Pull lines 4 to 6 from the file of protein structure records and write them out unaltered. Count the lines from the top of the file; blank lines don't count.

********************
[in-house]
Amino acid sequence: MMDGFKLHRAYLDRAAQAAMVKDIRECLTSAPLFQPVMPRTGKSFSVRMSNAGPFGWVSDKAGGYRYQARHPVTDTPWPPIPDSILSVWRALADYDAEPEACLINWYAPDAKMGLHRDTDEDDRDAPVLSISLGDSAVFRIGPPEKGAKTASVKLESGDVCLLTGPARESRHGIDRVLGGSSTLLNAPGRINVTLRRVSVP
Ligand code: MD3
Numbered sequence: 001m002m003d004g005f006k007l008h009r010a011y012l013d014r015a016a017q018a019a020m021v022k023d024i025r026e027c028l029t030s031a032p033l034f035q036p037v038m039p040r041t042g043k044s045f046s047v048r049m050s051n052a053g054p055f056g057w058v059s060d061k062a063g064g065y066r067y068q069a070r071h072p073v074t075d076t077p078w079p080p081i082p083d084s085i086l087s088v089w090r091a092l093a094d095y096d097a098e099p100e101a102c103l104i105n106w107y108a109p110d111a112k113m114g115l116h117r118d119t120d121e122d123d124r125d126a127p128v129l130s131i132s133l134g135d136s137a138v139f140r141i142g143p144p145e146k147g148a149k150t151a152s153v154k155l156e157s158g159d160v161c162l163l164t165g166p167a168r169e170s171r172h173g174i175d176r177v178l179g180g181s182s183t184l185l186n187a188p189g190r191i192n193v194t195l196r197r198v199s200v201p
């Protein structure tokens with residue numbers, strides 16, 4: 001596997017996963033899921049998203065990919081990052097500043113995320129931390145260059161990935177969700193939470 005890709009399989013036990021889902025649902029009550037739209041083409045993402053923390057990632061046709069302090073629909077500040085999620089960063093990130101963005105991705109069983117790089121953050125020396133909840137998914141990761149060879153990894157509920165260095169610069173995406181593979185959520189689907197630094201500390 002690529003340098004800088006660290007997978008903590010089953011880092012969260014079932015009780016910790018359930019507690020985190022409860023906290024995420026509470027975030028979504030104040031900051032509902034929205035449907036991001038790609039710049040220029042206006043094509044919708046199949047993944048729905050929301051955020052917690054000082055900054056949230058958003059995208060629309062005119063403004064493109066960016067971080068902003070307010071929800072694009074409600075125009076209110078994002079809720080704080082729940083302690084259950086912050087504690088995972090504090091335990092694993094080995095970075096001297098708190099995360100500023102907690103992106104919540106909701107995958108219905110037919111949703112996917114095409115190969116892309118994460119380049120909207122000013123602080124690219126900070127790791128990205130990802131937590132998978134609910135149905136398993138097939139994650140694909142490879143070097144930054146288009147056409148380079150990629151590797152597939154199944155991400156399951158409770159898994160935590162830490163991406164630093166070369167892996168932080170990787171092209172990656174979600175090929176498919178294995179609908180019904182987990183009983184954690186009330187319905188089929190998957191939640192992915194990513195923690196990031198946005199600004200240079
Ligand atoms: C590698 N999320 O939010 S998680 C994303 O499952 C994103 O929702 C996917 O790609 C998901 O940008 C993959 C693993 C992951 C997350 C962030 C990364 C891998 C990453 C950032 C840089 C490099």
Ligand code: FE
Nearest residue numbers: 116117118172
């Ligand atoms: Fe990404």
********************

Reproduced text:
Numbered sequence: 001m002m003d004g005f006k007l008h009r010a011y012l013d014r015a016a017q018a019a020m021v022k023d024i025r026e027c028l029t030s031a032p033l034f035q036p037v038m039p040r041t042g043k044s045f046s047v048r049m050s051n052a053g054p055f056g057w058v059s060d061k062a063g064g065y066r067y068q069a070r071h072p073v074t075d076t077p078w079p080p081i082p083d084s085i086l087s088v089w090r091a092l093a094d095y096d097a098e099p100e101a102c103l104i105n106w107y108a109p110d111a112k113m114g115l116h117r118d119t120d121e122d123d124r125d126a127p128v129l130s131i132s133l134g135d136s137a138v139f140r141i142g143p144p145e146k147g148a149k150t151a152s153v154k155l156e157s158g159d160v161c162l163l164t165g166p167a168r169e170s171r172h173g174i175d176r177v178l179g180g181s182s183t184l185l186n187a188p189g190r191i192n193v194t195l196r197r198v199s200v201p
């Protein structure tokens with residue numbers, strides 16, 4: 001596997017996963033899921049998203065990919081990052097500043113995320129931390145260059161990935177969700193939470 005890709009399989013036990021889902025649902029009550037739209041083409045993402053923390057990632061046709069302090073629909077500040085999620089960063093990130101963005105991705109069983117790089121953050125020396133909840137998914141990761149060879153990894157509920165260095169610069173995406181593979185959520189689907197630094201500390 002690529003340098004800088006660290007997978008903590010089953011880092012969260014079932015009780016910790018359930019507690020985190022409860023906290024995420026509470027975030028979504030104040031900051032509902034929205035449907036991001038790609039710049040220029042206006043094509044919708046199949047993944048729905050929301051955020052917690054000082055900054056949230058958003059995208060629309062005119063403004064493109066960016067971080068902003070307010071929800072694009074409600075125009076209110078994002079809720080704080082729940083302690084259950086912050087504690088995972090504090091335990092694993094080995095970075096001297098708190099995360100500023102907690103992106104919540106909701107995958108219905110037919111949703112996917114095409115190969116892309118994460119380049120909207122000013123602080124690219126900070127790791128990205130990802131937590132998978134609910135149905136398993138097939139994650140694909142490879143070097144930054146288009147056409148380079150990629151590797152597939154199944155991400156399951158409770159898994160935590162830490163991406164630093166070369167892996168932080170990787171092209172990656174979600175090929176498919178294995179609908180019904182987990183009983184954690186009330187319905188089929190998957191939640192992915194990513195923690196990031198946005199600004200240079
Ligand atoms: C590698 N999320 O939010 S998680 C994303 O499952 C994103 O929702 C996917 O790609 C998901 O940008 C993959 C693993 C992951 C997350 C962030 C990364 C891998 C990453 C950032 C840089 C490099």